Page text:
Spain moves to close Franco Foundation

A satirical banner with the picture of Spanish dictator Francisco Franco saying 'I was not dead, I just left for a moment'.

Spain’s government has initiated legal action to shut down the National Francisco Franco Foundation (FNFF), a non-profit established by supporters of the late dictator, according to Culture Minister Ernest Urtasun’s announcement on Thursday.

Judicial Proceedings Initiated

The closure is mandated by the “democratic memory” law passed in 2022. The law aims “justice, reparation, and dignity” to the victims of the civil war and Franco’s subsequent dictatorship, which began after his 1936 coup against the Republican government.

The law seeks to provide reparations to victims of Franco’s dictatorship, which claimed over half a million lives. Historians estimate that Franco’s regime was responsible for around 150,000 deaths and forced 450,000 people into exile.

“We owe this to the victims’ associations, who have long called for this action,” Urtasun said in an interview with La Sexta television.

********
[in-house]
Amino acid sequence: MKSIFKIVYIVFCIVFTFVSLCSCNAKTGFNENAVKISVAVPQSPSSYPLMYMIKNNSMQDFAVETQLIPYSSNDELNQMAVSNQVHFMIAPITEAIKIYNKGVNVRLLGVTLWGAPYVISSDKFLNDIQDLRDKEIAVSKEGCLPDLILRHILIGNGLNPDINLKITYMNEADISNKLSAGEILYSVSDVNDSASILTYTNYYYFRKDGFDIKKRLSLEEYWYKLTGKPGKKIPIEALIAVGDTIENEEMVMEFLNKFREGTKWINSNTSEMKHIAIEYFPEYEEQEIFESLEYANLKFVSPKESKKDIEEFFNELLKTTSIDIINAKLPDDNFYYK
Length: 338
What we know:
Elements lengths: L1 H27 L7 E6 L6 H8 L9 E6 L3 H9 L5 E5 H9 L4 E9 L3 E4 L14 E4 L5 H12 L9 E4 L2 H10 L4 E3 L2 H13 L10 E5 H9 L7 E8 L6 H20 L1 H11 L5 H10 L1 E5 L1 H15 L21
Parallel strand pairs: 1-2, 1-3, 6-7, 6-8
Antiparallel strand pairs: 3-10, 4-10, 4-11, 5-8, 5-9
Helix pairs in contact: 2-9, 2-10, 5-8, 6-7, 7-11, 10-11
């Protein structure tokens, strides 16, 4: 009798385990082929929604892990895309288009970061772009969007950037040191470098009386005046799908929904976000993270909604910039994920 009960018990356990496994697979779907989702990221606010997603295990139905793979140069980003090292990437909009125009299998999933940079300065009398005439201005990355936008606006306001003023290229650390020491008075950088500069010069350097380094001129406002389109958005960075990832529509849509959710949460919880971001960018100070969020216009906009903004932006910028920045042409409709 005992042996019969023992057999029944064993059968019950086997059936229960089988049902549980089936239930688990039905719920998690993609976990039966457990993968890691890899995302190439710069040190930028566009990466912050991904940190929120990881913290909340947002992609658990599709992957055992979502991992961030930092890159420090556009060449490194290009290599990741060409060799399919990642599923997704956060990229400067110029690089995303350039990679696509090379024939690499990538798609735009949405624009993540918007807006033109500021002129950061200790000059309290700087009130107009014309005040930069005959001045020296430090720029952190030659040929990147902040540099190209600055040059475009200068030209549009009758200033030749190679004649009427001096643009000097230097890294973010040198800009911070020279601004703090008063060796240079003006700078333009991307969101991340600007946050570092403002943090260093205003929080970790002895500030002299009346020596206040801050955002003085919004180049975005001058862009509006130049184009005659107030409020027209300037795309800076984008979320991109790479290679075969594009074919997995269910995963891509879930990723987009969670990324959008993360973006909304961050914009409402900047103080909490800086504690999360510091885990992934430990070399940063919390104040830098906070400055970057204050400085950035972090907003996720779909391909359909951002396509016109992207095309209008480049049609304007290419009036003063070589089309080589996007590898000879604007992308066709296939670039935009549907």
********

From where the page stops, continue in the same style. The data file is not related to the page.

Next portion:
Government Actions and Controversy

The FNFF, established shortly after Franco died in 1975, promotes the study of his life and work and maintains a large archive. In a statement issued on Thursday, the foundation condemned the government’s move as an “absurd” attempt to silence them and Franco’s supporters, as well as committed to continue defending its principles.

Spain’s Prime Minister Pedro Sanchez’s government has taken significant steps to address the legacy of Franco’s dictatorship, including exhuming Franco’s remains from the Valley of the Fallen Basilica in 2019. On the other side, the opponents of the government view these actions as politically motivated and divisive.

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Gillian

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